Directed by: Zack Snyder
Written by:David Hayter, Alex Tse
Starring: Malin Akerman, Billy Crudup, Matthew Goode, Jackie Earle Haley, Patrick Wilson, Carla Gugino
Released: March 5, 2009
Grade: B

There’s no doubting that Watchmen will attract a cult-like following when released in cinemas. It started its life in 1986 when first published as a 12 book comic series. It was later released in its entirety as a graphic novel. At the preview screening I attended, you could sense the anticipation from the young audience. They’d been waiting for this for a long time.

The story is set in 1985 in a fictitious world where Richard Nixon is still President of the United States. There is much tension between the U.S. and the Soviet Union and many people believe that a nuclear war is imminent. The "Doomsday Clock" has been set at 5 minutes to midnight.

The person thought to be able to save the day is a superhero named Dr. Manhattan (Crudup). He has incredible strength and also the ability to transport himself anywhere at any time. He developed these powers after a botched science experiment when he was younger.

There are a few other superheros looking to play their part in saving the world. Some are open about their identity but others prefer to keep quiet. Not everyone sees them in a positive light. When an ageing superhero known as The Comedian is killed in brutal fashion, Rorschach (Haley) suspects that someone is out to eliminate them. Who is it and what is their motive?

There were two obvious points that stuck me when I saw this film. Firstly, it’s very violent. There are some quite gruesome sequences actually that involve blood, guts and other disgusting matter. It’s rated MA in Australia and is not for the faint of heart. Secondly, it’s long. It clocks in at a whopping 163 minutes which is lengthy considering it’s based on a comic book.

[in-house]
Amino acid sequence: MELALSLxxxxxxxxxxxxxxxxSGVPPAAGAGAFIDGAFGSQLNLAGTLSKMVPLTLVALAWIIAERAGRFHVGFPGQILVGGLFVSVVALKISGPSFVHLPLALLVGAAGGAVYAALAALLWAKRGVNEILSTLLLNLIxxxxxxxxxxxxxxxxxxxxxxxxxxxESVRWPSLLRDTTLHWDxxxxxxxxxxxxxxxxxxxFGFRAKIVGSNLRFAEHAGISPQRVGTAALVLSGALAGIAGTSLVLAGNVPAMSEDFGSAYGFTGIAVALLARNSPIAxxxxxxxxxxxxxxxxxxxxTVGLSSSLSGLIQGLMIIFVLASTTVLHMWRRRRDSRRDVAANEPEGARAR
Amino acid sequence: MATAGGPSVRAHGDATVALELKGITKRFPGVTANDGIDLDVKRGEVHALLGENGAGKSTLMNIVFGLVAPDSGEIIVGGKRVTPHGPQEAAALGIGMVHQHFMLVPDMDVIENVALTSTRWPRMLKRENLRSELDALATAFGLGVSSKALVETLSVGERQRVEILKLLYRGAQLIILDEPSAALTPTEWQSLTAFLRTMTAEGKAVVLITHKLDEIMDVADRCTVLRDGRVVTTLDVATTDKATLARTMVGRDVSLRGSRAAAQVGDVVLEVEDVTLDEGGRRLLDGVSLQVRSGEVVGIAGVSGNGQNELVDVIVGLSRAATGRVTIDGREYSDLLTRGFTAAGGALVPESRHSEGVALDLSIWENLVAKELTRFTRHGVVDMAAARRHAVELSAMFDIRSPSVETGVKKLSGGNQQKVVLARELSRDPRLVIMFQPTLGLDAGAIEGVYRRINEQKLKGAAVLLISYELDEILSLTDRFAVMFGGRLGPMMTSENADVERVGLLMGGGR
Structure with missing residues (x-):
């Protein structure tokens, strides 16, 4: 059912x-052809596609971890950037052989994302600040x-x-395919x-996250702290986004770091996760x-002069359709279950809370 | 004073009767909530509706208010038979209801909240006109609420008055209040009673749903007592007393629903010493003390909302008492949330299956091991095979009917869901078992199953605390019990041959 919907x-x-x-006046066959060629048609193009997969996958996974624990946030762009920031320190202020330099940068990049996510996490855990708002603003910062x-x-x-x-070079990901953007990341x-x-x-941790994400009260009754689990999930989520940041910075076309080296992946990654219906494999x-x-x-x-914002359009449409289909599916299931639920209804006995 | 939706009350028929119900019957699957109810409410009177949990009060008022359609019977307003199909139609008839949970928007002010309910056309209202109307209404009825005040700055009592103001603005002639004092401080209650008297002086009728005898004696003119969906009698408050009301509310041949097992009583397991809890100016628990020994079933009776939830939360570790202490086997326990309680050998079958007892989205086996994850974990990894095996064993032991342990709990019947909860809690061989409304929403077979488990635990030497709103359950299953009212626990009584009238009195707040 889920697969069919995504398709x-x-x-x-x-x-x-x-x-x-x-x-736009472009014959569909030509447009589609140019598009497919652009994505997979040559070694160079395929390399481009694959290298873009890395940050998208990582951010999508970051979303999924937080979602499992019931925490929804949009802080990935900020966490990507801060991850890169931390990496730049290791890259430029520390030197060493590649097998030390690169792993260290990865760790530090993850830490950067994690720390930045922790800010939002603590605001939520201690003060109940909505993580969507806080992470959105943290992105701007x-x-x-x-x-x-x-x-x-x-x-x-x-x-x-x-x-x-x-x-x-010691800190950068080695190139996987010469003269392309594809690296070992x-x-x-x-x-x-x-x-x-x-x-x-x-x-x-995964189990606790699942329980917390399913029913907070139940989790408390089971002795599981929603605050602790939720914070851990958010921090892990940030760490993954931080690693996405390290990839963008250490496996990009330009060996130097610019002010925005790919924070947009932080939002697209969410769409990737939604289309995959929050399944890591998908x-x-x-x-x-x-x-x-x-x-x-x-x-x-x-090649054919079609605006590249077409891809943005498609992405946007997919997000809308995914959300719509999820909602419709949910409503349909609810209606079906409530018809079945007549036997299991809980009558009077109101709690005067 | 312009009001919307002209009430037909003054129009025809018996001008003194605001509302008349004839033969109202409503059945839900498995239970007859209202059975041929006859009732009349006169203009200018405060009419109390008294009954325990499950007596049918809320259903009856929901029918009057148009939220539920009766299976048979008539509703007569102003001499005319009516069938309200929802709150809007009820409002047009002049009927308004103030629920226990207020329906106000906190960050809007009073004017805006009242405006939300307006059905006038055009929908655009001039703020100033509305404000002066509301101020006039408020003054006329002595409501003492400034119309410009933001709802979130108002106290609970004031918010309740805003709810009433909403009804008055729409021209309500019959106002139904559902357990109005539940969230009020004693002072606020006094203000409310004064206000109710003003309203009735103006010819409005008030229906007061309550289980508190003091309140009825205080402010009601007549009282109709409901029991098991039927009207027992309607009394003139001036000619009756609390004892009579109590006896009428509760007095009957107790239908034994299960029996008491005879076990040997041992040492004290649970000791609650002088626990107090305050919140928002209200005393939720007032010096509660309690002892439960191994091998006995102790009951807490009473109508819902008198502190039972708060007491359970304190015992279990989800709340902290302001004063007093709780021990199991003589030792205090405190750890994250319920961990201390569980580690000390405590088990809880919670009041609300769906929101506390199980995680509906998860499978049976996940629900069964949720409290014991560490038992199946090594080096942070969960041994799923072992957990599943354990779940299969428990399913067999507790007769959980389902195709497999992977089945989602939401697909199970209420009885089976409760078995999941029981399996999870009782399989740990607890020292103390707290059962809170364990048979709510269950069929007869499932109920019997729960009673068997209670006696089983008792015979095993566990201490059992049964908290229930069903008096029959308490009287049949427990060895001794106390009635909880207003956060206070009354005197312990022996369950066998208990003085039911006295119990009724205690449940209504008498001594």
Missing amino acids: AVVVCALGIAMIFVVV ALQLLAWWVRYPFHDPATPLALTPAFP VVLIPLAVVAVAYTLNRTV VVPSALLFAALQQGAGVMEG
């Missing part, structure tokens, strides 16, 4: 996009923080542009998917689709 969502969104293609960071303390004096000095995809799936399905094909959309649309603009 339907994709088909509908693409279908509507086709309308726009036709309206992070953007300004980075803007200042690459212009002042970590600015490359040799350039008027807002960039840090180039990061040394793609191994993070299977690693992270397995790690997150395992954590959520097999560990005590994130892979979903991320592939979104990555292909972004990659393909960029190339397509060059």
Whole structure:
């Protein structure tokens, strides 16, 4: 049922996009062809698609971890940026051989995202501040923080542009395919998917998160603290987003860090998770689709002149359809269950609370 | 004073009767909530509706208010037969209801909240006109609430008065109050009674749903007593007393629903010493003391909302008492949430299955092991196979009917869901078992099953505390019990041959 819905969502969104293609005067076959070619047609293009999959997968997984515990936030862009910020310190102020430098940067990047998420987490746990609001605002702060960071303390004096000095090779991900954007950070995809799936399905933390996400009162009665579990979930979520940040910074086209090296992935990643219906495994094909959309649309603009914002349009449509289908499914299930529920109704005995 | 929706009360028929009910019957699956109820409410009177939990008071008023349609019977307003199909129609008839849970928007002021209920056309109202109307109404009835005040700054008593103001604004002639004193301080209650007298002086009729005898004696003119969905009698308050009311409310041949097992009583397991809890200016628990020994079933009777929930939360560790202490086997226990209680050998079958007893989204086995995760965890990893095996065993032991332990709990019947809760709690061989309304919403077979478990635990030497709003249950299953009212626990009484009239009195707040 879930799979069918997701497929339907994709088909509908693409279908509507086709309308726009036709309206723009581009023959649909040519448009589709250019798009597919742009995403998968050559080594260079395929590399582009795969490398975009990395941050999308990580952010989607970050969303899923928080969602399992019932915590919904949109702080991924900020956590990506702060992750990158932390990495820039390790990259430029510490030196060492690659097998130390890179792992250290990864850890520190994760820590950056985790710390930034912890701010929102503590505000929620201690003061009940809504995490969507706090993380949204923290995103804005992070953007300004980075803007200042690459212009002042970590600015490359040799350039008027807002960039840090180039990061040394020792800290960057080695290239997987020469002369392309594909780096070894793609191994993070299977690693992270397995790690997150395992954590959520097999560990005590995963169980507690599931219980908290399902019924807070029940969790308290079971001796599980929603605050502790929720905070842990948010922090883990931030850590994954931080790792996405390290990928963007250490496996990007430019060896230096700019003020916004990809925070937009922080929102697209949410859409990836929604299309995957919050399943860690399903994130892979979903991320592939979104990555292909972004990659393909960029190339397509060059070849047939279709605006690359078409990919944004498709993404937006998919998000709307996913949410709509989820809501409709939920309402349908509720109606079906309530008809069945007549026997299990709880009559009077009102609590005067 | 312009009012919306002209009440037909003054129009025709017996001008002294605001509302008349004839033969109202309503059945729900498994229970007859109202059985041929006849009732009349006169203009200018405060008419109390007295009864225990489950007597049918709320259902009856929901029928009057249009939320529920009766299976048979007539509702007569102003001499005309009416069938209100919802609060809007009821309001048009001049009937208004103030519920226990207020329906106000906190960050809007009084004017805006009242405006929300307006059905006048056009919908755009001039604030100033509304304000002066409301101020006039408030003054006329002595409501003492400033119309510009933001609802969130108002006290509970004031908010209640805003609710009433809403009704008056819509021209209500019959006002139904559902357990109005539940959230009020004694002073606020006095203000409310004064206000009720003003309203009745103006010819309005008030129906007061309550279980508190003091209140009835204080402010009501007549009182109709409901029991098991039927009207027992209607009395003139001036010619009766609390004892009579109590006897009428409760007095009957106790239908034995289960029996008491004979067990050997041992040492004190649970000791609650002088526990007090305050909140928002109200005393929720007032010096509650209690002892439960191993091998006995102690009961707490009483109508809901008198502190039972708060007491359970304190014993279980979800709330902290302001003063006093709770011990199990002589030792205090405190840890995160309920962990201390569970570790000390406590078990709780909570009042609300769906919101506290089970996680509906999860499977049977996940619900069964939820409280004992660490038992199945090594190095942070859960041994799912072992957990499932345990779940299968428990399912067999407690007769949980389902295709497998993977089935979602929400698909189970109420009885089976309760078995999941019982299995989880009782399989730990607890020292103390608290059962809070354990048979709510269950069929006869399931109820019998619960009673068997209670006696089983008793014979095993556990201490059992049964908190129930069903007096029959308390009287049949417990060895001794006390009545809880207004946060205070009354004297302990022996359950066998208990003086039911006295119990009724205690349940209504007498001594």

As for my specific thoughts on the film, I certainly wasn’t blown away. The story drags at times and I did wish they could speed it up. I can’t believe I’m saying this but there was almost too much character development and not enough action. The dialogue is a little dreary at times also.

Turning my attention to the positives, I enjoyed the look of the movie and the messages explored within the ending. There’s some food for thought. Jackie Earle Haley gives the best performance as Rorschach. His raspy voice makes him perfect to provide the film’s narration.

I’m interested to see how this film performs at the box-office. Will it only attract those fans of the graphic novel? Or will others be lured in based on the trailer and word-of-mouth? We’ll find out soon enough.